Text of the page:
Bio: Dr.Le Hung Tien graduated from Faculty of Mechanical Engineering, Hochiminh City University (Bach Khoa Universiiy – BKU) with excellent ranking. He received Ph.D Degree in Materials Science of Hanoi University of Science and Technology (HUST) and Technical University of Berlin. Dr.Tien is Autodesk certified Instructor (2000), Computer Graphics and BIM Instructors on Hochiminh Television Station (HTV) from 2006-2010. Dr.Tien is the Dean of Faculty of Engineering, Van Lang University (VLU). He was the principal researchers of 15 projects with 2 state projects and 11 municipal projects. Dr.Tien is Director of CMU project (Carnegie Mellon University Project), the collaboration project between VLU and CMU in software engineering and data science.
On Differentially Private Graph Sparsification and Applications
Speaker: Raman Arora, Ph.D
Abstract: Data from social and communication networks have become a rich source to gain useful insights into the social, behavioral, and information sciences. Such data are naturally modeled as observations on a graph and encodes rich, fine-grained, and structured information. At the same time, due to the seamless nature of data acquisition, often collected through personal devices, the information contained in network data is often highly sensitive, which raises valid privacy concerns pertaining the analysis and release of such data. We address these issues by presenting a novel algorithm that can be used to publish a succinct differentially private representation of network data with minimal degradation in accuracy for various graph-related tasks.
Bio: Raman Arora is a professor of computer science at the Johns Hopkins University. His research interests are in machine learning, representation learning, stochastic optimization, and differential privacy.
TCyber Security Threat Intelligence: Challenges and Research Opportunities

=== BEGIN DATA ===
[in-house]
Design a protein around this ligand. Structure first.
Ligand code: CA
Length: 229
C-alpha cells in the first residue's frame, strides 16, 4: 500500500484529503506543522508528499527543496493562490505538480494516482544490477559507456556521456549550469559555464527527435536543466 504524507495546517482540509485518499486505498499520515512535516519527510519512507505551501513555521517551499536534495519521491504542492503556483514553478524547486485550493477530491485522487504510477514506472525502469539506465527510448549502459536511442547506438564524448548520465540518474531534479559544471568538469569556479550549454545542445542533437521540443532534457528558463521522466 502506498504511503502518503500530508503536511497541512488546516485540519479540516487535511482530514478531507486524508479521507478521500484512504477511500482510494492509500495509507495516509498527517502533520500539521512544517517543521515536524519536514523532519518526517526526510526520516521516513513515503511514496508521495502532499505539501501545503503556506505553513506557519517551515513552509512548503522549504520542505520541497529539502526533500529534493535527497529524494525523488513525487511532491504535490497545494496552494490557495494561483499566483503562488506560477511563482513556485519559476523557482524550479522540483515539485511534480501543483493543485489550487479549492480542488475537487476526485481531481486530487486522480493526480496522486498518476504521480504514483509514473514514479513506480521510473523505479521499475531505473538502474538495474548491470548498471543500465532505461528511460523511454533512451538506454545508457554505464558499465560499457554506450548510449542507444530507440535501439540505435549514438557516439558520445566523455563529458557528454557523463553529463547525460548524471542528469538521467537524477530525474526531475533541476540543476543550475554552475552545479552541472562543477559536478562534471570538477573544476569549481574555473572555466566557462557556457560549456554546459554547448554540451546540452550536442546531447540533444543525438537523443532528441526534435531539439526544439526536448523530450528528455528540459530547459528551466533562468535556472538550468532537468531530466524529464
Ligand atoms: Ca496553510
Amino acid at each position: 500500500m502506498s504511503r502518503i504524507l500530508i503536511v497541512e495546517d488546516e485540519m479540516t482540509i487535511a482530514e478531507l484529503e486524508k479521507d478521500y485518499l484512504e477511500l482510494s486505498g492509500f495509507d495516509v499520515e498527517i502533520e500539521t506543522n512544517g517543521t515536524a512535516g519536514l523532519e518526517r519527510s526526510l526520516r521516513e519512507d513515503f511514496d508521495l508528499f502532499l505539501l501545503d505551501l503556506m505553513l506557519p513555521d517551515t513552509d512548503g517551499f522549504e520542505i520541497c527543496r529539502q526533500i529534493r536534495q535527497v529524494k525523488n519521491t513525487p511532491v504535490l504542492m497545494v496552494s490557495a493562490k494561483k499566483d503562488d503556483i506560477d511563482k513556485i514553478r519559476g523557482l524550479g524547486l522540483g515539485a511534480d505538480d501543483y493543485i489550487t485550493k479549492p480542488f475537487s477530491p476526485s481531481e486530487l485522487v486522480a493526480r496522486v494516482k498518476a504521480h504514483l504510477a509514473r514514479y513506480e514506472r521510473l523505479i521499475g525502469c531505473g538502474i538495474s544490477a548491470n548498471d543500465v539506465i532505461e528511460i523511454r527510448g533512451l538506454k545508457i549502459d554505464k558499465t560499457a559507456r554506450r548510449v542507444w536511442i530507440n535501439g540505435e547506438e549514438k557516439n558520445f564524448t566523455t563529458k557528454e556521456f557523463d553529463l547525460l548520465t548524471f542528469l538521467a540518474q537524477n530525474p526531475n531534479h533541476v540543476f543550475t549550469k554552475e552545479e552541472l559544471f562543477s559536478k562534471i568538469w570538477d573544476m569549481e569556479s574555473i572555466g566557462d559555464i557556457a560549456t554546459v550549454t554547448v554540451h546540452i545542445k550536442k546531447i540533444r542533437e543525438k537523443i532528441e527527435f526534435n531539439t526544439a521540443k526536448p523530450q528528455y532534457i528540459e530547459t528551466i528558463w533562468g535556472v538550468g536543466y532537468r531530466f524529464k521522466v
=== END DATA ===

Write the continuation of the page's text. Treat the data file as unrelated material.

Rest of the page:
Speaker: Kim-Kwang Raymond Choo, Ph.D
Abstract: Cyber threat intelligence and analytic is among one of the fastest growing interdisciplinary fields of research bringing together researchers from different fields such as digital forensics, political and security studies, criminology, cyber security, big data analytics, machine learning, etc. to detect, contain and mitigate advanced persistent threats and fight against organized cybercrimes. In this presentation, we will discuss some of the challenges underpinning this inter- / trans- /multi-disciplinary field as well as research opportunities (e.g. how can we leverage advances in deep learning to better predict cyber attacks?).
Bio: Kim-Kwang Raymond Choo received the Ph.D. in Information Security in 2006 from Queensland University of Technology, Australia. He currently holds the Cloud Technology Endowed Professorship at The University of Texas at San Antonio (UTSA), and has a courtesy appointment at the University of South Australia. In 2015 he and his team won the Digital Forensics Research Challenge organized by Germany’s University of Erlangen-Nuremberg. He is also the recipient of the 2019 IEEE Technical Committee on Scalable Computing (TCSC) Award for Excellence in Scalable Computing (Middle Career Researcher), 2018 UTSA College of Business Col. Jean Piccione and Lt. Col. Philip Piccione Endowed Research Award for Tenured Faculty, Outstanding Associate Editor of 2018 for IEEE Access, British Computer Society’s 2019 Wilkes Award Runner-up, 2019 JWCN Best Paper Award, Korea Information Processing Society’s JIPS Survey Paper Award (Gold) 2019, IEEE Blockchain 2019 Outstanding Paper Award, IEEE TrustCom 2018 Best Paper Award, ESORICS 2015 Best Research Paper Award, 2014 Highly Commended Award by the Australia New Zealand Policing Advisory Agency, Fulbright Scholarship in 2009, 2008 Australia Day Achievement Medallion, and British Computer Society’s Wilkes Award in 2008. He is also a Fellow of the Australian Computer Society, an IEEE Senior Member, and Co-Chair of IEEE Multimedia Communications Technical Committee’s Digital Rights Management for Multimedia Interest Group.